DNA could help combat elephant poaching

Posted by Laura Grant on August 5, 2008
Posted in Conservation

Seized tusks. Photograph W Clark

Africa’s elephants are being slaughtered for their ivory at such an alarming rate that most remaining large groups will be extinct by 2020, says Samuel Wasser, a conservation biologist at the University of Washington. Yet the public is unaware of the seriousness of the situation, he says.

Wasser’s lab has developed DNA tools that allow ivory to be traced back to the elephant population from which it came.

According to a UW news report, Wasser’s team found using DNA tracking that 6.5 tons of ivory shipped from Malawi and seized in Singapore in 2002, actually came originally from an area centered on Zambia. A 2006 shipment of 3.9 tons seized in Hong Kong had been sent from Cameroon, but DNA forensics showed it came from an area centered on Gabon.

Wasser says that DNA evidence gathered from recent major ivory seizures shows conclusively that hunters are targeting specific herds. This means that law enforcement can be focused on poaching hot spots. But that will only happen if there is sufficient public pressure to marshal funding for a much larger international effort to halt the poaching, says Wasser.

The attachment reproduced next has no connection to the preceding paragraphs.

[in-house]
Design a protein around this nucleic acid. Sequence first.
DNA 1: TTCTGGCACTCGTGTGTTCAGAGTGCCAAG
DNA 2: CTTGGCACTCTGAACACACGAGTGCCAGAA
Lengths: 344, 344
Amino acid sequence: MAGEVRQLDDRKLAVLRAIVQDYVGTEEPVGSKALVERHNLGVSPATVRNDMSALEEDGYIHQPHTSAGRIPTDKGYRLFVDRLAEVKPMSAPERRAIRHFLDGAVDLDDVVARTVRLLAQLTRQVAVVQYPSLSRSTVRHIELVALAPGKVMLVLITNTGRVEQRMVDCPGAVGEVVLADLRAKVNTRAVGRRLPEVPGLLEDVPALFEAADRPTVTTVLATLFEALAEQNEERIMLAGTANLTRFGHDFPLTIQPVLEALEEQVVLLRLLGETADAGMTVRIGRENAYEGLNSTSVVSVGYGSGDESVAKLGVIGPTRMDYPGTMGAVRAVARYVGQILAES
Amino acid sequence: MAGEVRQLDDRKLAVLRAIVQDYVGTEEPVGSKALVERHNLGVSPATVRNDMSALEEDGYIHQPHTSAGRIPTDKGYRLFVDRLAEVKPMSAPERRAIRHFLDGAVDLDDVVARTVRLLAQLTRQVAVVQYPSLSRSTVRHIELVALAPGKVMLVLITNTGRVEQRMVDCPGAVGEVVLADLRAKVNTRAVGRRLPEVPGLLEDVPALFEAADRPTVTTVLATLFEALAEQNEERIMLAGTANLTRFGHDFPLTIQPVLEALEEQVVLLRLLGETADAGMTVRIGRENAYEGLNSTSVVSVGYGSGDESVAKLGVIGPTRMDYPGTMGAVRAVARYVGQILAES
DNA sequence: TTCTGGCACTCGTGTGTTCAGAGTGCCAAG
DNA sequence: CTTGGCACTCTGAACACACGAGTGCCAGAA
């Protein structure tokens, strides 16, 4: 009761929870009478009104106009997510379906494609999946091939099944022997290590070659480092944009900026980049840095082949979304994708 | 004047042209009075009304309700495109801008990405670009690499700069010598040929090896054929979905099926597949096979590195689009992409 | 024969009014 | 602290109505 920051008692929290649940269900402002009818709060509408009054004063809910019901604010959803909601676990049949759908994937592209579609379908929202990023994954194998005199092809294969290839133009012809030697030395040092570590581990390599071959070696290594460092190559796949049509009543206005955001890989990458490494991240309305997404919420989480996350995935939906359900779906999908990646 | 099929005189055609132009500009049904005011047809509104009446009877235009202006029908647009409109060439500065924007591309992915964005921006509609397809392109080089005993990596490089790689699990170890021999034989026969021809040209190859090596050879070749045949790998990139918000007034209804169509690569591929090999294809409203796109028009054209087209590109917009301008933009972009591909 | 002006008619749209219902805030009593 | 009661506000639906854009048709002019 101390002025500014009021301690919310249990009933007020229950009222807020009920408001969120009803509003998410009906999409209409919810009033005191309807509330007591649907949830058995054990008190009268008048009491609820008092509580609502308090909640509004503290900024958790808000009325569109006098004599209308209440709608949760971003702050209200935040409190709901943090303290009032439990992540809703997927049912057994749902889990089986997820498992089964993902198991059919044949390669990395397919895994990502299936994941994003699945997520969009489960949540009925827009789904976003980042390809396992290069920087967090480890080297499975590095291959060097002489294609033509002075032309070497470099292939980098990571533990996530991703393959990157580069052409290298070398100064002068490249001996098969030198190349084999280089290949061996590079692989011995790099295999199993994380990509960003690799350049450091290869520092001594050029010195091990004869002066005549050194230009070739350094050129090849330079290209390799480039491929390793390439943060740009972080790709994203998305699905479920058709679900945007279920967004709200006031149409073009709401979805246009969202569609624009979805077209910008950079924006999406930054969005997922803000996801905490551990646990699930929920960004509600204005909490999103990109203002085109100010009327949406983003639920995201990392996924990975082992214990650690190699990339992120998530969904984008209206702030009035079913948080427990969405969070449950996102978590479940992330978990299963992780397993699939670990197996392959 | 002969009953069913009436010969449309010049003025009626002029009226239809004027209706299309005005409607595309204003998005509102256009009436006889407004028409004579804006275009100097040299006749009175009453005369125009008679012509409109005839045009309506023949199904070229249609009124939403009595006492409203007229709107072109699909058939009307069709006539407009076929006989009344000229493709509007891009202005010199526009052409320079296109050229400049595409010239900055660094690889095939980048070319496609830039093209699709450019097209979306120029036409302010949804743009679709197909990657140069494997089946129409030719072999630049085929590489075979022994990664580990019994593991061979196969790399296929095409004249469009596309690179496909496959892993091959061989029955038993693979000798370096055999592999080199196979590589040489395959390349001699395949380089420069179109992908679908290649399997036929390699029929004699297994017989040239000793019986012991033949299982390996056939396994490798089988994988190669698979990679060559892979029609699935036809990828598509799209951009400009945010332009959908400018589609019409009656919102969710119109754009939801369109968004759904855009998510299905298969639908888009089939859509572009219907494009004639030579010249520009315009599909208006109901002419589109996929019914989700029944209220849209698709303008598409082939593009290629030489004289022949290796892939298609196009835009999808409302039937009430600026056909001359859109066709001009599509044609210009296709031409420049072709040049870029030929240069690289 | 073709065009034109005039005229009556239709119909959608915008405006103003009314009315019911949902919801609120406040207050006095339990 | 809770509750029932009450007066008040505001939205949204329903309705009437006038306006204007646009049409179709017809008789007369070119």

The illegal ivory trade is being carried out mostly by large crime syndicates, Wasser believes, and is being driven by growing markets in China and Japan, where ivory is in demand for carvings and signature stamps called hankos. Demand has also risen sharply in the United States in recent years, where it is used to make knife handles and gun grips.

See also Science Now Daily News

Via :: Science Daily

Comments

One Response to “DNA could help combat elephant poaching”

  1. esvl
    August 9th, 2008 @ 2:23 pm

    Elephants are the most beautiful animals on the planet. I wish there was a way bloggers could stand together and help save them.
    Its sad.

Leave a Reply